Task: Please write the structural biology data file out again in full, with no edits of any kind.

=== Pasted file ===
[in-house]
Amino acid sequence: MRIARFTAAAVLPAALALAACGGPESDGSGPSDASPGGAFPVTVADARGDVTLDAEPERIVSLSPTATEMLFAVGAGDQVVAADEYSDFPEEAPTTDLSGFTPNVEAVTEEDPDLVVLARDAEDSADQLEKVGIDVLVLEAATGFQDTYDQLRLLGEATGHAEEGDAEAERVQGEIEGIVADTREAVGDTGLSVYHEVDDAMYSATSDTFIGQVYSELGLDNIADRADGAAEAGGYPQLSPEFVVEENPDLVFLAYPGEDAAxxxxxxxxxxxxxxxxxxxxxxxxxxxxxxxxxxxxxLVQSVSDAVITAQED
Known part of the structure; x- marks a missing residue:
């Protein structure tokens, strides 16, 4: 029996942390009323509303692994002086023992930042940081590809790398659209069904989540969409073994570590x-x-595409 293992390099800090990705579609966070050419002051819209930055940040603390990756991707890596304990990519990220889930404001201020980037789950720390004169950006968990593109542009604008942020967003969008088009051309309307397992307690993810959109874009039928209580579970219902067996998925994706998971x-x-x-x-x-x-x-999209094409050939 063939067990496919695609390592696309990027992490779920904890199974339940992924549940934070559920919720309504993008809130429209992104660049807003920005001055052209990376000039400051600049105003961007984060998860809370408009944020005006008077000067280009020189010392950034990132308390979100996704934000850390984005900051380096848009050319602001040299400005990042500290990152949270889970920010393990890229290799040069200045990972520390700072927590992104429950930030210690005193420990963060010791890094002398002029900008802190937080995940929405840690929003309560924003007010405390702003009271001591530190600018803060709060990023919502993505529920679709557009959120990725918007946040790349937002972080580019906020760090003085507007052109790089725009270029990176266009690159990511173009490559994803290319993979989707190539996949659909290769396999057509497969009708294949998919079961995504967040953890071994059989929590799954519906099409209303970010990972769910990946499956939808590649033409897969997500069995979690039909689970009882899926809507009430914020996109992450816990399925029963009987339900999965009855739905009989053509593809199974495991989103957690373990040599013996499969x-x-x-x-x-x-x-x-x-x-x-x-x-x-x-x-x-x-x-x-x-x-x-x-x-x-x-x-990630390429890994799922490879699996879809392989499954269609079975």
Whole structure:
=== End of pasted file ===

[in-house]
Amino acid sequence: MRIARFTAAAVLPAALALAACGGPESDGSGPSDASPGGAFPVTVADARGDVTLDAEPERIVSLSPTATEMLFAVGAGDQVVAADEYSDFPEEAPTTDLSGFTPNVEAVTEEDPDLVVLARDAEDSADQLEKVGIDVLVLEAATGFQDTYDQLRLLGEATGHAEEGDAEAERVQGEIEGIVADTREAVGDTGLSVYHEVDDAMYSATSDTFIGQVYSELGLDNIADRADGAAEAGGYPQLSPEFVVEENPDLVFLAYPGEDAAxxxxxxxxxxxxxxxxxxxxxxxxxxxxxxxxxxxxxLVQSVSDAVITAQED
Known part of the structure; x- marks a missing residue:
């Protein structure tokens, strides 16, 4: 029996942390009323509303692994002086023992930042940081590809790398659209069904989540969409073994570590x-x-595409 293992390099800090990705579609966070050419002051819209930055940040603390990756991707890596304990990519990220889930404001201020980037789950720390004169950006968990593109542009604008942020967003969008088009051309309307397992307690993810959109874009039928209580579970219902067996998925994706998971x-x-x-x-x-x-x-999209094409050939 063939067990496919695609390592696309990027992490779920904890199974339940992924549940934070559920919720309504993008809130429209992104660049807003920005001055052209990376000039400051600049105003961007984060998860809370408009944020005006008077000067280009020189010392950034990132308390979100996704934000850390984005900051380096848009050319602001040299400005990042500290990152949270889970920010393990890229290799040069200045990972520390700072927590992104429950930030210690005193420990963060010791890094002398002029900008802190937080995940929405840690929003309560924003007010405390702003009271001591530190600018803060709060990023919502993505529920679709557009959120990725918007946040790349937002972080580019906020760090003085507007052109790089725009270029990176266009690159990511173009490559994803290319993979989707190539996949659909290769396999057509497969009708294949998919079961995504967040953890071994059989929590799954519906099409209303970010990972769910990946499956939808590649033409897969997500069995979690039909689970009882899926809507009430914020996109992450816990399925029963009987339900999965009855739905009989053509593809199974495991989103957690373990040599013996499969x-x-x-x-x-x-x-x-x-x-x-x-x-x-x-x-x-x-x-x-x-x-x-x-x-x-x-x-990630390429890994799922490879699996879809392989499954269609079975």
Whole structure: